Recently Milt developed “a touch” of pneumonia and was hospitalized for three days. Since being there, his doctor informed him that his kidneys “aren’t filtering as well as they used to.” The doc tells Milt that his kidneys are functioning at about 50% of what they were as a younger man, but not to worry since we know that people do just fine with one kidney.

As often occurs with chronically ill elders, Milt winds up back in the hospital six weeks later with “congestive heart failure.” His heart is not pumping blood effectively, so fluid is backing up in the lungs causing shortness of breath. His legs are swollen. The hospital doctors treat Milt with diuretics to “get the extra fluid off,” but in doing so his kidneys now worsen.

Nephrology is consulted.

Based on Milt’s lab data and urine output over the last 48 hours, the consultant tells the docs that Milt’s effective kidney function is zero. The consultant says the only option is dialysis. Without it, Milt will die due to kidney failure.

Fortunately, since 1972, anyone with End Stage Renal Disease in the U.S is entitled to coverage for such treatment.

When the law passed, it was largely in response to the unfairness perceived in who was selected for dialysis treatment when it first became mainstream. When a resource is scarce, someone is inevitably going to be left out.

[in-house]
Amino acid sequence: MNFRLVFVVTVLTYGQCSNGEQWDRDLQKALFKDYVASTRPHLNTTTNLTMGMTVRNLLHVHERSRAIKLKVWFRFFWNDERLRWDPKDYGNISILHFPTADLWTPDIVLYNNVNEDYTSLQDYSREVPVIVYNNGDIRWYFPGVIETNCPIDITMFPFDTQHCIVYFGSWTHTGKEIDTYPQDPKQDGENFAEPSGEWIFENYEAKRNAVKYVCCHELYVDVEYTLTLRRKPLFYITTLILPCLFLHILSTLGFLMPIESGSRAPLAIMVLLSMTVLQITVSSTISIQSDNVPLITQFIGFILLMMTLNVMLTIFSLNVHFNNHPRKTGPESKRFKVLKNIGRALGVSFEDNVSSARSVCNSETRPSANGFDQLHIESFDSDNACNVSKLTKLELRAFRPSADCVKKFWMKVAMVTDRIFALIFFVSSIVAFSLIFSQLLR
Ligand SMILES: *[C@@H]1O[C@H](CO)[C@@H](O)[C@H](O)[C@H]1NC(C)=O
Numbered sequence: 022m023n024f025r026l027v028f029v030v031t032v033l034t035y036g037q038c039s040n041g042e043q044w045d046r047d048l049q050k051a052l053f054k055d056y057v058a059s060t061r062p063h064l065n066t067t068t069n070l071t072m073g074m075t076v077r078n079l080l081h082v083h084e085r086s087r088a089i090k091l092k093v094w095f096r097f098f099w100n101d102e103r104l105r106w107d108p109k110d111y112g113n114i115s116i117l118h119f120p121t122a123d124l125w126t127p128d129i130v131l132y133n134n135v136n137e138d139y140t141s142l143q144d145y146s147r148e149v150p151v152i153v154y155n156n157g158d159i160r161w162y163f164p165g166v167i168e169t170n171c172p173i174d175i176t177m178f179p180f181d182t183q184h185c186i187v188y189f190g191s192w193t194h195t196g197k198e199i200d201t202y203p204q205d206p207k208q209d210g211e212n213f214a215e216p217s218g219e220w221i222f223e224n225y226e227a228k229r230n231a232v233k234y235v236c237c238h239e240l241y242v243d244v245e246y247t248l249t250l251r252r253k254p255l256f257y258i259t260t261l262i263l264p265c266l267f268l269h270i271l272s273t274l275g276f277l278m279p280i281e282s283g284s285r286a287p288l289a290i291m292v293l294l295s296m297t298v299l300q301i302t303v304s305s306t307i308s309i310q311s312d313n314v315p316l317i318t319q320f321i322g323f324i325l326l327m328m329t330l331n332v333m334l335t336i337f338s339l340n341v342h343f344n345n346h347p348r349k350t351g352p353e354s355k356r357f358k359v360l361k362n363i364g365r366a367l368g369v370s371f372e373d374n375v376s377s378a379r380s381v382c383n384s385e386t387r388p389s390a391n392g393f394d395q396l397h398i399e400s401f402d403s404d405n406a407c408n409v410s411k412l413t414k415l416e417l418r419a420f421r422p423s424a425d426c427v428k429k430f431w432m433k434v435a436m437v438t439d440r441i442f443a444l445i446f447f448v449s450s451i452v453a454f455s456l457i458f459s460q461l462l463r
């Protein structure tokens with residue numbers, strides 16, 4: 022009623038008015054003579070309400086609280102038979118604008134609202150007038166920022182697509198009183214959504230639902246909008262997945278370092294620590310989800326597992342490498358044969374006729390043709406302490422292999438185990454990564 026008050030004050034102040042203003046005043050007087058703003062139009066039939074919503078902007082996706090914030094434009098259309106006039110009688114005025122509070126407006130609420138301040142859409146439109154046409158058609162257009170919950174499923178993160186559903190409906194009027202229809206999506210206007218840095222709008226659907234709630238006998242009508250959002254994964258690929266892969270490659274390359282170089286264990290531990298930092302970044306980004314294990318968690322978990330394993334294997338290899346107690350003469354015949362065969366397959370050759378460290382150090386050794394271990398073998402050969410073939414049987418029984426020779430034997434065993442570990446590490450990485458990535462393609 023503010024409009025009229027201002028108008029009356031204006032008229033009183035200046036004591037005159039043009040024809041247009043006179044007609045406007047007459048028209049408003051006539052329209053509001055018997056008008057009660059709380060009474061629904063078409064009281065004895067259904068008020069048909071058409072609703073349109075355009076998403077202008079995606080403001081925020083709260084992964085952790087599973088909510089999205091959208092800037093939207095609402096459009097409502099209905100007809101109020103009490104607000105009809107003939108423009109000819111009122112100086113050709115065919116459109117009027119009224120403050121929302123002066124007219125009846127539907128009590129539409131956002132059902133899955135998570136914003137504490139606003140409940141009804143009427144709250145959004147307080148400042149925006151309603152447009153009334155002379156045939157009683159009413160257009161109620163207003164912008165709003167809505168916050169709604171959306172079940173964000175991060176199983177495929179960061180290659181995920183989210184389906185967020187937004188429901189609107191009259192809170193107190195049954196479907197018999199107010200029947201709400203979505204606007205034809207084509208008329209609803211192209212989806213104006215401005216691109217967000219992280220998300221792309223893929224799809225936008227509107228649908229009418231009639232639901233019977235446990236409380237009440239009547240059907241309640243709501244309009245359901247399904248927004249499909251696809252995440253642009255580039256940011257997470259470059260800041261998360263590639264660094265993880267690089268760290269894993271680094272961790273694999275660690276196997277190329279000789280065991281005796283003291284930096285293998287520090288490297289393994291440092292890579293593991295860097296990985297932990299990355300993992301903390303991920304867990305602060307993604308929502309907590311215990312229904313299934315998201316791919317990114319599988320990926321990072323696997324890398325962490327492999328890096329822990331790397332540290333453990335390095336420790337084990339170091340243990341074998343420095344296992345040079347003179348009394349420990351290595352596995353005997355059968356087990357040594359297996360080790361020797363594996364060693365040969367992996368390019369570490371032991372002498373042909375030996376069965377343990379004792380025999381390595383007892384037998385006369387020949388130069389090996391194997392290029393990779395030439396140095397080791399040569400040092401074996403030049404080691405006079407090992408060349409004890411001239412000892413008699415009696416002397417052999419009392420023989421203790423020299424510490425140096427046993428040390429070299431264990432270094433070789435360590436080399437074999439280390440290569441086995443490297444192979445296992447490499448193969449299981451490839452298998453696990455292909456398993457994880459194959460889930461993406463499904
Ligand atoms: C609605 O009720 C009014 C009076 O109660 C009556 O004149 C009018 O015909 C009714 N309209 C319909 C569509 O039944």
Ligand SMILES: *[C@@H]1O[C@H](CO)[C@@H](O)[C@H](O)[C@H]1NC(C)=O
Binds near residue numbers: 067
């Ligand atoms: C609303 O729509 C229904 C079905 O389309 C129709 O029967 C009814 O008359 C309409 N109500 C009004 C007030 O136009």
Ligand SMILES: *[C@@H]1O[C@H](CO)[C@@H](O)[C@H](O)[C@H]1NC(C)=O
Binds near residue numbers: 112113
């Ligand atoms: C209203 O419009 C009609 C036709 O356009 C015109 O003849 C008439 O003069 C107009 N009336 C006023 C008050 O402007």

Fast forward about forty years, and see this really interesting article from my favorite medical journal, the NY Times.

I vant to suck (and filter) your blood.

Dialysis, the article notes, was originally intended for people in whom substituted kidney function would permit them to return to productive lives. As we continue living longer, more and more patients fall into the category of becoming “eligible” for dialysis treatment. As with many medical decisions, deciding whether to undertake it is not as easy as it seems:

Dialysis is difficult, especially for the old and sick. Most of the nation’s 400,000 dialysis patients spend several hours, three days a week, hooked up to a machine, and additional time traveling back and forth to the clinic.

They have to restrict salt and fluids, and the procedure is so exhausting that some patients rest for the remainder of the day. Although dialysis may alleviate symptoms like fluid accumulation in the legs or lungs, it can lead to dizziness, weakness, leg cramps, nausea and other problems. Complications like bloodstream infections or clogged blood vessels where the dialysis needles are placed are common, often requiring surgery or hospital stays. Ultimately, about one patient in five is unwilling to go on with it.

Having treated patients of advanced age with many co-morbidities, I can say first hand that there are some patients I wish had chosen against dialysis. (Here is the courageous story of one.) Not because I’m stingy or want to be on a “death panel.” But because I want them to live out their days with dignity and in comfort, not tethered to medical appliances and suffering for long stretches.

The thorny ethical question is “when should dialysis not be offered?” In the U.S, we have yet to successfully address this question in most of the workaday world of medicine.

Where would you draw the line?